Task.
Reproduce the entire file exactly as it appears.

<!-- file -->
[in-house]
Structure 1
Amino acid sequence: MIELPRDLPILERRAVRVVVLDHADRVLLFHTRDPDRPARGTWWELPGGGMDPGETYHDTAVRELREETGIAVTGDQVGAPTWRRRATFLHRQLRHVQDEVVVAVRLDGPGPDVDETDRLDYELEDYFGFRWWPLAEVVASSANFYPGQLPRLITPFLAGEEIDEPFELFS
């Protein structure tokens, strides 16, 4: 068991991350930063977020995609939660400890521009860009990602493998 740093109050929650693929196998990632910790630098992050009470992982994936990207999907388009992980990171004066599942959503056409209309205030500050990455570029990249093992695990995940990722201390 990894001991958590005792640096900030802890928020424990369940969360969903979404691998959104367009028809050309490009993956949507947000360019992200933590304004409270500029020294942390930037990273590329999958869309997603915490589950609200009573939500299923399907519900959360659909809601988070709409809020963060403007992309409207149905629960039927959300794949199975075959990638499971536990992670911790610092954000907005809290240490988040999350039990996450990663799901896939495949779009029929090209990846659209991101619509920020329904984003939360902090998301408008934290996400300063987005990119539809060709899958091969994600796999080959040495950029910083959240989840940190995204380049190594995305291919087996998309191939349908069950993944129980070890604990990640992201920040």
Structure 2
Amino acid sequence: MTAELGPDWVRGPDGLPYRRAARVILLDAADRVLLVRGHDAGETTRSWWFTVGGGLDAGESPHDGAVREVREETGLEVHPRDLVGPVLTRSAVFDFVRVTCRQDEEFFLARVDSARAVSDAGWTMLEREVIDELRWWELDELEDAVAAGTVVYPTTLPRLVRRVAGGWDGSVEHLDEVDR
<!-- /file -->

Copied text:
[in-house]
Structure 1
Amino acid sequence: MIELPRDLPILERRAVRVVVLDHADRVLLFHTRDPDRPARGTWWELPGGGMDPGETYHDTAVRELREETGIAVTGDQVGAPTWRRRATFLHRQLRHVQDEVVVAVRLDGPGPDVDETDRLDYELEDYFGFRWWPLAEVVASSANFYPGQLPRLITPFLAGEEIDEPFELFS
């Protein structure tokens, strides 16, 4: 068991991350930063977020995609939660400890521009860009990602493998 740093109050929650693929196998990632910790630098992050009470992982994936990207999907388009992980990171004066599942959503056409209309205030500050990455570029990249093992695990995940990722201390 990894001991958590005792640096900030802890928020424990369940969360969903979404691998959104367009028809050309490009993956949507947000360019992200933590304004409270500029020294942390930037990273590329999958869309997603915490589950609200009573939500299923399907519900959360659909809601988070709409809020963060403007992309409207149905629960039927959300794949199975075959990638499971536990992670911790610092954000907005809290240490988040999350039990996450990663799901896939495949779009029929090209990846659209991101619509920020329904984003939360902090998301408008934290996400300063987005990119539809060709899958091969994600796999080959040495950029910083959240989840940190995204380049190594995305291919087996998309191939349908069950993944129980070890604990990640992201920040």
Structure 2
Amino acid sequence: MTAELGPDWVRGPDGLPYRRAARVILLDAADRVLLVRGHDAGETTRSWWFTVGGGLDAGESPHDGAVREVREETGLEVHPRDLVGPVLTRSAVFDFVRVTCRQDEEFFLARVDSARAVSDAGWTMLEREVIDELRWWELDELEDAVAAGTVVYPTTLPRLVRRVAGGWDGSVEHLDEVDR